On 29 May 2012, at 22:26, Jason Resch wrote:
On Tue, May 29, 2012 at 12:55 PM, Bruno Marchal <marc...@ulb.ac.be>
To see this the following thought experience can help. Some guy won
a price consisting in visiting Mars by teleportation. But his state
law forbid annihilation of human. So he made a teleportation to Mars
without annihilation. The version of Mars is very happy, and the
version of earth complained, and so try again and again, and
again ... You are the observer, and from your point of view, you can
of course only see the guy who got the feeling to be infinitely
unlucky, as if P = 1/2, staying on earth for n experience has
probability 1/2^n (that the Harry Potter experience). Assuming the
infinite iteration, the guy as a probability near one to go quickly
Thanks for your very detailed reply in the other thread, I intend to
get back to it later, but I had a strange thought while reading
about the above experiment that I wanted to clear up.
You mentioned that the probability of remaining on Earth is (1/2)^n,
where n is the number of teleportations.
Not really. I pretend that this is the relative probability inferred
by the person in front of you. But he is wrong of course. Each time
the probability is 1/2, but his experience is "harry-Potter-like".
I can see clearly that the probability of remaining on earth after
the first teleportation is 50%, but as the teleportations continue,
does it remain 50%?
Let's say that N = 5, therefore there are 5 copies on Mars, and 1
copy on earth. Wouldn't the probability of remaining on Earth be
equal to 1/6th?
You cannot use absolute sampling. I don't think it makes any sense.
While I can see it this way, I can also shift my perspective so that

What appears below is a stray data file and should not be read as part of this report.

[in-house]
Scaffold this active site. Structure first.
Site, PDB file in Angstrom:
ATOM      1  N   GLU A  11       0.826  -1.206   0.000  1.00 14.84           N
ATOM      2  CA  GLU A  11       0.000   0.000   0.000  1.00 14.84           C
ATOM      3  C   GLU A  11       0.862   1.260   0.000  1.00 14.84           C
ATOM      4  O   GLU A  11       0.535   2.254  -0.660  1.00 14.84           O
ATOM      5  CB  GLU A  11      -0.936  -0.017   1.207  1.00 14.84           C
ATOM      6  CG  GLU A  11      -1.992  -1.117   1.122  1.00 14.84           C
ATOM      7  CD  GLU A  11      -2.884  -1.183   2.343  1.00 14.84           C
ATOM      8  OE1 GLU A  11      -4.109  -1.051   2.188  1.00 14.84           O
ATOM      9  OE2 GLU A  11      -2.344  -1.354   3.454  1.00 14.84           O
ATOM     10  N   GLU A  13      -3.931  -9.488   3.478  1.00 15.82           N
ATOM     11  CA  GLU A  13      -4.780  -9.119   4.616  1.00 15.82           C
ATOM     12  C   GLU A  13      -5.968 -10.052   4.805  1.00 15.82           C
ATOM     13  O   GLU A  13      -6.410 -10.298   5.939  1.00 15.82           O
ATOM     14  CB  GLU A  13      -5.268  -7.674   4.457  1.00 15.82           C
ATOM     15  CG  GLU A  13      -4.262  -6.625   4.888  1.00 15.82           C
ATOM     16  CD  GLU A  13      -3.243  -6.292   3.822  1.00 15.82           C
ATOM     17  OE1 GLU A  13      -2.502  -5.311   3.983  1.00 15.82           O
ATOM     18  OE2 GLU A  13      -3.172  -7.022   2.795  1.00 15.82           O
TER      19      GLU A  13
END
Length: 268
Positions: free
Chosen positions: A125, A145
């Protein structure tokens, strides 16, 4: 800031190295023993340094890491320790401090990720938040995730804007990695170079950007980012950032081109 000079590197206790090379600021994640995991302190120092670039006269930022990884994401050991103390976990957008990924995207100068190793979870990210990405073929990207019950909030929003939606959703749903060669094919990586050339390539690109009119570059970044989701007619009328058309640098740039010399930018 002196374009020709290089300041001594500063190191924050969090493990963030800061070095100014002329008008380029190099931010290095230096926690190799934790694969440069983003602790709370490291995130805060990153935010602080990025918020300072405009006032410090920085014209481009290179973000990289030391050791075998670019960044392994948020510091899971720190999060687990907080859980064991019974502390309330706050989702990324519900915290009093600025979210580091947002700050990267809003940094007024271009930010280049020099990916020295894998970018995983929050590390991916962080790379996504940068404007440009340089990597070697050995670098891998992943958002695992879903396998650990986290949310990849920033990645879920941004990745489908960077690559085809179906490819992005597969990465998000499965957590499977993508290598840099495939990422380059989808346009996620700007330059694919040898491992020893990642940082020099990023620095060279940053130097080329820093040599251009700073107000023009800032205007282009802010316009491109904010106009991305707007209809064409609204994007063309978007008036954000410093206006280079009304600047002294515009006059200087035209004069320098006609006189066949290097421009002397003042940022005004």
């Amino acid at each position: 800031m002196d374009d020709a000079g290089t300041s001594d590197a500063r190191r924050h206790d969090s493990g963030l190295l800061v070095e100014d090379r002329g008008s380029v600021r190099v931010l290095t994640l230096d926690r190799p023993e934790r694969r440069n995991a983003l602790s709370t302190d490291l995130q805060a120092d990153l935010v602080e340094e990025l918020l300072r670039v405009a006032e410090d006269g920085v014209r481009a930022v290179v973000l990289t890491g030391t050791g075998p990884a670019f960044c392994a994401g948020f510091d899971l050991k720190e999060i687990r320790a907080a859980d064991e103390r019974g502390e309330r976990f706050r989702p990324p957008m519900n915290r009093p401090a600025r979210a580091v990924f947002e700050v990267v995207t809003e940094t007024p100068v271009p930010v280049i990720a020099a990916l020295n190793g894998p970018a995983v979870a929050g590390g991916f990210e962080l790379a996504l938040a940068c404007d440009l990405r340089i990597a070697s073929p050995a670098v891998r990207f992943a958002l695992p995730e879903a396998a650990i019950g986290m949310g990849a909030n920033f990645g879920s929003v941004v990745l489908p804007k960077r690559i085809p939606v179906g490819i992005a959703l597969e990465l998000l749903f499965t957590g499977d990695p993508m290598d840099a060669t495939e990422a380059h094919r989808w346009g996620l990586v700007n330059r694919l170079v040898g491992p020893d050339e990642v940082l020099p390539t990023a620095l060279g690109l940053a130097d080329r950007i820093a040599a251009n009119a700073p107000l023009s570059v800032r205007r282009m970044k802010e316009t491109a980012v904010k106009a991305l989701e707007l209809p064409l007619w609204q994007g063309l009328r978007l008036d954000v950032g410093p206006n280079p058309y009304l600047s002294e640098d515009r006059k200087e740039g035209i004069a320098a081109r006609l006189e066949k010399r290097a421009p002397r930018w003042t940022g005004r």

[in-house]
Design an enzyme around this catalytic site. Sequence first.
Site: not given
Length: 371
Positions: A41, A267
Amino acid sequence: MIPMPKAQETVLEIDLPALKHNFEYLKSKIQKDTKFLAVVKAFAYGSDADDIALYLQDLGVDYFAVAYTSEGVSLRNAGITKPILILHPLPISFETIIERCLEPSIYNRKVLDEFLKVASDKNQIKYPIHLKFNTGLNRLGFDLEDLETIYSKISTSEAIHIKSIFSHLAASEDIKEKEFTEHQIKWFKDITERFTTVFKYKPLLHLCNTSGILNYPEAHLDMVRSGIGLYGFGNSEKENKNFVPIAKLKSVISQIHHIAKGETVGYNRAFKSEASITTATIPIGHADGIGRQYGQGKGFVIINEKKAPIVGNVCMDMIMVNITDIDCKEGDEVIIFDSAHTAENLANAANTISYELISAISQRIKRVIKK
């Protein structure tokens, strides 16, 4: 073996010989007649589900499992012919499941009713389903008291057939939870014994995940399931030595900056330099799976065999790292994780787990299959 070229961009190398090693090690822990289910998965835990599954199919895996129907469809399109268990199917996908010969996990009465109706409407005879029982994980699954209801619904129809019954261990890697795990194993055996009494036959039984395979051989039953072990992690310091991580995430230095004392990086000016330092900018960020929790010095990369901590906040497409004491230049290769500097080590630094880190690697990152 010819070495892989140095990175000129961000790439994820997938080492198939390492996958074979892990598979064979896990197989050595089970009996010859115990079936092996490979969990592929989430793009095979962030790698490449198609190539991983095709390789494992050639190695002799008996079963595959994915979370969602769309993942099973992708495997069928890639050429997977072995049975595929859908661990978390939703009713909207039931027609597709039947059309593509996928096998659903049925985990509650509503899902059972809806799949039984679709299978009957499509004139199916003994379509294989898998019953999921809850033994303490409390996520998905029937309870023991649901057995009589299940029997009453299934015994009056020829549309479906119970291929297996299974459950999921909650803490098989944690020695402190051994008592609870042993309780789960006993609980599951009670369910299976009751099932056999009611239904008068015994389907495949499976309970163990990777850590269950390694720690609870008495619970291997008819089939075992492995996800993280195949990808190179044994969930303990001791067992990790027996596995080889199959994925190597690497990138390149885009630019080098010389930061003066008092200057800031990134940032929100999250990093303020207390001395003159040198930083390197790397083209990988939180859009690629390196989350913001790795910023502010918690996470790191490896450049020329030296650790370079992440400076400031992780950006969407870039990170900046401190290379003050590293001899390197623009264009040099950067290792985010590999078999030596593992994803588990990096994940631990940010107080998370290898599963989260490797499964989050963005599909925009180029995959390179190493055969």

I see the probability as 1/32 (since each time the teleport button
is pressed, I split in two). It is easier for me to see how this
works in quantum mechanics under the following experiment:
I choose 5 different electrons and measure the spin on the y-axis,
the probability that I measure all 5 to be in the up state is 1 in
32 (as I have caused 5 splittings),
but what if the experiment is: measure the spin states of up to 5
electrons, but stop once you find one in the up state.
That is a different protocol. The one above is the one corresponding
to the earth/mars experience.
In this case it seems there are 6 copies of me, with the following
However, not all of these copies should have the same measure. The
way I see it is they have the following probabilities:
1. D (1/2)
2. DU (1/4)
3. DDU (1/8)
4. DDDU (1/16)
5. DDDDU (1/32)
6. DDDDD (1/32)
I suppose what is bothering me is that in the Mars transporter
experiment, it seems the end result (having 1 copy on earth, and 5
copies on mars) is no different from the case where the transporter
creates all 5 copies on Mars at once.
This is ambiguous.
In that case, it is clear that the chance of remaining on Earth
should be (1/6th)
Yes. In that case.
but if the beginning and end states of the experiment are the same,
why should it matter if the replication is done iteratively or all
at once? Do RSSA and ASSA make different predictions in this case?
RSSA has to be applied. Your first protocol is faithful, isomorphic,
to the experience I was describing. Te second is not.
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